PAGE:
Fuze allows your staff and consumers to set knowledge base (KB) alerts, which automatically notify them with a single email each day with links back into the relevant portions of the KB, when information on a topic of interest has been added or changed within your Fuze knowledge base.  Note: These "topics" are referred to as categories within the Fuze knowledge base and the individual articles or Q&As are called "knowledge items".

KB alerts that are set for a category will also automatically send email notifications whenever any information is changed within a sub-category of the category where the alert has been set.  For instance, if I am setting KB alerts on a knowledge base that has a category for "loans", and the "loans" category has sub-categories for "auto loans", "home loans" and "consumer loans", I can:

  • Set my KB alert on the "loans" category and be informed of all additions and changes to information in the knowledge base about loans, OR
  • Set my KB alert on the "auto loans" KB category and only be informed about information relating to auto loans.

This ability to set category alerts at any of the four levels within the KB category structure is very powerful since it allows your consumers and staff to be very selective on what they want to be informed on.  In addition, since you can build "private" KB categories and KB items -- which are only viewable by your staff -- your staff can use Fuze to stay on top of your internal procedures and other information that you want kept internal to your organization.  Unlike traditional intranets which often inundate staff with superfulous information and stop being effective in notifying them on things that they do care about, Fuze puts your staff in control.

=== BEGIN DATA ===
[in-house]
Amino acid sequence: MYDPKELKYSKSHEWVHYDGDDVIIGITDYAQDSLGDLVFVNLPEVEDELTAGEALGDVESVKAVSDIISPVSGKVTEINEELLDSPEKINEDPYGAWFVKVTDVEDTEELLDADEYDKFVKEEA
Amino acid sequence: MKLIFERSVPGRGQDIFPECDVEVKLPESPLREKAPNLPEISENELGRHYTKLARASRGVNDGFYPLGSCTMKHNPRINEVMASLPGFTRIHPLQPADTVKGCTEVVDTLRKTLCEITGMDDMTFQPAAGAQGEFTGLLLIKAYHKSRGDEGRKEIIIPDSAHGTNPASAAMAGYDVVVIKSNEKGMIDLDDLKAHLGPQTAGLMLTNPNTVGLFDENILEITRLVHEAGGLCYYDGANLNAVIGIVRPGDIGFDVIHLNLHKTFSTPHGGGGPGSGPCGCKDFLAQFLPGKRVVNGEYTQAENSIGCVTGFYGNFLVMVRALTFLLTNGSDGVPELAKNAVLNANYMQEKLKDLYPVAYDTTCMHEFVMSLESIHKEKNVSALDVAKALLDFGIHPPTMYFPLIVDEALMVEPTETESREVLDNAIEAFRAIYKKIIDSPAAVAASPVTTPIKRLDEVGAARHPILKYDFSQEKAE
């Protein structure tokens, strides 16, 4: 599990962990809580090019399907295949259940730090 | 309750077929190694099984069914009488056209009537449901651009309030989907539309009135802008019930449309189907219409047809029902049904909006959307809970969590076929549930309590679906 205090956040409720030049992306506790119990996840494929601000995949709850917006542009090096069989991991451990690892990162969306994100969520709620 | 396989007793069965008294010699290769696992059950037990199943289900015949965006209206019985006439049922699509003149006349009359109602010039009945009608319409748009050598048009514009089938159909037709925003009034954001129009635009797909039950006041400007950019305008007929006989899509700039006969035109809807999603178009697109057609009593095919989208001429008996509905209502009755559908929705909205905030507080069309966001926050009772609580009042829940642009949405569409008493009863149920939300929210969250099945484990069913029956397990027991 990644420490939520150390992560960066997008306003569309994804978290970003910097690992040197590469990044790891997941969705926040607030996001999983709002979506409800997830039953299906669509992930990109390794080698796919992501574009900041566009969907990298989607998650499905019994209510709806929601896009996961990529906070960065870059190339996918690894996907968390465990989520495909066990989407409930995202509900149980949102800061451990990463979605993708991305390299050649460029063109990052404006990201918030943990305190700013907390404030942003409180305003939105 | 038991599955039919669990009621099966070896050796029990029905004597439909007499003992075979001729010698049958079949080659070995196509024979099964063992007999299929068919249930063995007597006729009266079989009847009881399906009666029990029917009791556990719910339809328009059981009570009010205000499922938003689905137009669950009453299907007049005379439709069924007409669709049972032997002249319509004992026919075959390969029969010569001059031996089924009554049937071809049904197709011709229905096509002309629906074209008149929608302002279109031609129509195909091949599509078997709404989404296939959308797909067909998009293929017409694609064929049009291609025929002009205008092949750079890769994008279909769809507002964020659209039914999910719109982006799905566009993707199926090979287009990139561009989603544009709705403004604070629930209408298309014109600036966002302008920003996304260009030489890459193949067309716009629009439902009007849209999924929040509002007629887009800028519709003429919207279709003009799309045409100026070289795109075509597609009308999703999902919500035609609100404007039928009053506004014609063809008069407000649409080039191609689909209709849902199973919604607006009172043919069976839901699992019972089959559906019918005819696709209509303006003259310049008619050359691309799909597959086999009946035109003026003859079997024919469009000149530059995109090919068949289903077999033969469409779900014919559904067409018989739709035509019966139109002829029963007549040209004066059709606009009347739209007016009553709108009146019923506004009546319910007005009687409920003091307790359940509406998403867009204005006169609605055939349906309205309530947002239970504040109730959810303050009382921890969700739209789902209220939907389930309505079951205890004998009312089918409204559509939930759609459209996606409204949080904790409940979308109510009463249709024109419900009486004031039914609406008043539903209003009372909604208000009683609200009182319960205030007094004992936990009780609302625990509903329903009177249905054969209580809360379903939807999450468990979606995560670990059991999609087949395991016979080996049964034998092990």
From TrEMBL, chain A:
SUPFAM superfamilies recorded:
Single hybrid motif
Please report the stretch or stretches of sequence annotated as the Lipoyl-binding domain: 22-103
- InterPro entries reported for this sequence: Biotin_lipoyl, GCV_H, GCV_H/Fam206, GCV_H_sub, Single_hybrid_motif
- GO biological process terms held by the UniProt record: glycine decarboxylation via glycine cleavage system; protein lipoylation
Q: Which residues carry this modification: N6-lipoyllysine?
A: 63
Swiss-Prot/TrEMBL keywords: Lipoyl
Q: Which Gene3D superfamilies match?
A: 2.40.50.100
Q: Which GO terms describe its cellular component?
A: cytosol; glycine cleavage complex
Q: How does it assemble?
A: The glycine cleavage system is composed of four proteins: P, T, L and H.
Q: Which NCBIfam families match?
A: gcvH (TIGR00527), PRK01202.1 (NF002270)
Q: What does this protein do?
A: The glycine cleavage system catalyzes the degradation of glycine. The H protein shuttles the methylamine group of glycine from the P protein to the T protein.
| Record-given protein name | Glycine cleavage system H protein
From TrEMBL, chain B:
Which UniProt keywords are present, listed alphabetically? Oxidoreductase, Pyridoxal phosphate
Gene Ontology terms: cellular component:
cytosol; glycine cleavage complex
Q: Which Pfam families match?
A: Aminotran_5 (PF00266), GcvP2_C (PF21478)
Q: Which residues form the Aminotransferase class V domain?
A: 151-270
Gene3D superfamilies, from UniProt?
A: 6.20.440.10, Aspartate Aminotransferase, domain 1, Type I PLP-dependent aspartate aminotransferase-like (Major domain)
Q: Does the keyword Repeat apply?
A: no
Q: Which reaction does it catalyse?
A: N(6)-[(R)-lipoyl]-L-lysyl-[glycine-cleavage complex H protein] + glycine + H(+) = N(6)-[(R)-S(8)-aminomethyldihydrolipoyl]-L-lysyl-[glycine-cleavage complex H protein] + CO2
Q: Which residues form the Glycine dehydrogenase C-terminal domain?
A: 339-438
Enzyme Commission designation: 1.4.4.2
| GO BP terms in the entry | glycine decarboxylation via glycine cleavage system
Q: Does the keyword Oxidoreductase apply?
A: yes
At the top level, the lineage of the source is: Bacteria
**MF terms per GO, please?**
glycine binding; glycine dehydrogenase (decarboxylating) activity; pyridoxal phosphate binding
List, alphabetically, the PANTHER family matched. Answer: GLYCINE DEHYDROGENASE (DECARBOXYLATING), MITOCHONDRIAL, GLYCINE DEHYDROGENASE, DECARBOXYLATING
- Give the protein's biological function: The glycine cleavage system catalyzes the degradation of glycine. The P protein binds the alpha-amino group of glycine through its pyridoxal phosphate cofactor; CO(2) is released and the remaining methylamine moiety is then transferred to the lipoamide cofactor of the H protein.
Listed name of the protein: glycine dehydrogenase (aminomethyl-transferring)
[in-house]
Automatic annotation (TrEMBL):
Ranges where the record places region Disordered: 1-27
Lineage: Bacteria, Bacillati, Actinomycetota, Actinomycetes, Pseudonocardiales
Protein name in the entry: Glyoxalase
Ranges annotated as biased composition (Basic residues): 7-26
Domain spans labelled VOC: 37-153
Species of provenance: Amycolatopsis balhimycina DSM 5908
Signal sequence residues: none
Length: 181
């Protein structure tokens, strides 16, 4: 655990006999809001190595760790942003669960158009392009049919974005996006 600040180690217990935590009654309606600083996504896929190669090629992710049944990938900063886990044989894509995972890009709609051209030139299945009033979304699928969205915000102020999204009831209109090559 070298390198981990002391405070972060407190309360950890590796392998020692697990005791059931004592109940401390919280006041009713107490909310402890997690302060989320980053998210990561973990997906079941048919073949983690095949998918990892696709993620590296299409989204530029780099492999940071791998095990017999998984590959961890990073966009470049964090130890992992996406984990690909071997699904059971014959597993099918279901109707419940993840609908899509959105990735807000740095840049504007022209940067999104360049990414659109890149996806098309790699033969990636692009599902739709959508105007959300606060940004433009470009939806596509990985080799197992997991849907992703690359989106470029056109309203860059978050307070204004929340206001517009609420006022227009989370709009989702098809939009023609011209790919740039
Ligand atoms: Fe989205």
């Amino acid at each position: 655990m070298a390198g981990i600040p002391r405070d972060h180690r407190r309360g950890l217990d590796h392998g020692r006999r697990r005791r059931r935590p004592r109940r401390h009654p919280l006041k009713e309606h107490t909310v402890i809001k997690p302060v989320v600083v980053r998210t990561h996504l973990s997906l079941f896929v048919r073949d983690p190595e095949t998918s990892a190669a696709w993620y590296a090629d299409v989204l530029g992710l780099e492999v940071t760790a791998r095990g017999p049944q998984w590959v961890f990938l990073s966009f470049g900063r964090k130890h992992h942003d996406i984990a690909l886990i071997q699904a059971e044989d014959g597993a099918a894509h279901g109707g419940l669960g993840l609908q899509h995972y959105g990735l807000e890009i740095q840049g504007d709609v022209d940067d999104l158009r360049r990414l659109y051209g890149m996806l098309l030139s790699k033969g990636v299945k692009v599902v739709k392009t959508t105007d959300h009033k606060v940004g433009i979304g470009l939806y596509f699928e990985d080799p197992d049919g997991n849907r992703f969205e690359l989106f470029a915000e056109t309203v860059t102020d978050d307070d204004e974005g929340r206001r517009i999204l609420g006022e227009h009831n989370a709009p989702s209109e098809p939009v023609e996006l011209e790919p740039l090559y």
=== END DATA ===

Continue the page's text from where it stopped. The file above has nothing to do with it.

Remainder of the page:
KB alerts also work very well with the way your Fuze knowledge base naturally grows each time you answer a question that is not already included in the knowledge base.  As information is posted in your knowledge base, consumers and staff are pulled back into your knowledge base with email notifications.  In turn, their review of the new information not only keeps them up to speed on topics of interest, but also many times prompts them to ask related questions. This process of a question prompting another question quickly causes practical knowledge to be quickly driven out.  For instance, posting information concerning something like a new procedure or tax law with your knowledge base will often cause practical knowledge of the implications of the procedure or tax law on your organization to be driven out.  Fuze helps drive out knowledge from information.